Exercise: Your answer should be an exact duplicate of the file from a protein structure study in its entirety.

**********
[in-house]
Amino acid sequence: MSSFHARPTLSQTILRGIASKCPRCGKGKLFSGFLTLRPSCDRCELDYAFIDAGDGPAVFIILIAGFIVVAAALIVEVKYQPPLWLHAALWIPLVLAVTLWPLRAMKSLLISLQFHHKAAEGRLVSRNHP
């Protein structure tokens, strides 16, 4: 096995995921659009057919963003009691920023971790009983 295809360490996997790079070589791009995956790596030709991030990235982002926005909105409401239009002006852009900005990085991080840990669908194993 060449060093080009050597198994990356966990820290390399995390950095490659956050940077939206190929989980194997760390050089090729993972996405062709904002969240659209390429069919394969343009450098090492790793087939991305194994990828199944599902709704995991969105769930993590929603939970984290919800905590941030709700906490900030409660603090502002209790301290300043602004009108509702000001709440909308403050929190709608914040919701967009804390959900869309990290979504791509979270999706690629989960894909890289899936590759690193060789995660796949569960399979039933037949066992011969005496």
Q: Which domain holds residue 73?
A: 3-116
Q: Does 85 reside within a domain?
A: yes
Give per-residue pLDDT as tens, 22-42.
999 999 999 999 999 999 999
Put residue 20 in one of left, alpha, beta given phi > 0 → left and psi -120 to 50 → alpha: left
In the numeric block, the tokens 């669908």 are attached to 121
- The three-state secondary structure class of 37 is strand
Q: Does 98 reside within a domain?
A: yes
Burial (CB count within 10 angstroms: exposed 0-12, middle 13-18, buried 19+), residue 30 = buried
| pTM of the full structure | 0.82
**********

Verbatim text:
[in-house]
Amino acid sequence: MSSFHARPTLSQTILRGIASKCPRCGKGKLFSGFLTLRPSCDRCELDYAFIDAGDGPAVFIILIAGFIVVAAALIVEVKYQPPLWLHAALWIPLVLAVTLWPLRAMKSLLISLQFHHKAAEGRLVSRNHP
């Protein structure tokens, strides 16, 4: 096995995921659009057919963003009691920023971790009983 295809360490996997790079070589791009995956790596030709991030990235982002926005909105409401239009002006852009900005990085991080840990669908194993 060449060093080009050597198994990356966990820290390399995390950095490659956050940077939206190929989980194997760390050089090729993972996405062709904002969240659209390429069919394969343009450098090492790793087939991305194994990828199944599902709704995991969105769930993590929603939970984290919800905590941030709700906490900030409660603090502002209790301290300043602004009108509702000001709440909308403050929190709608914040919701967009804390959900869309990290979504791509979270999706690629989960894909890289899936590759690193060789995660796949569960399979039933037949066992011969005496």
Q: Which domain holds residue 73?
A: 3-116
Q: Does 85 reside within a domain?
A: yes
Give per-residue pLDDT as tens, 22-42.
999 999 999 999 999 999 999
Put residue 20 in one of left, alpha, beta given phi > 0 → left and psi -120 to 50 → alpha: left
In the numeric block, the tokens 């669908």 are attached to 121
- The three-state secondary structure class of 37 is strand
Q: Does 98 reside within a domain?
A: yes
Burial (CB count within 10 angstroms: exposed 0-12, middle 13-18, buried 19+), residue 30 = buried
| pTM of the full structure | 0.82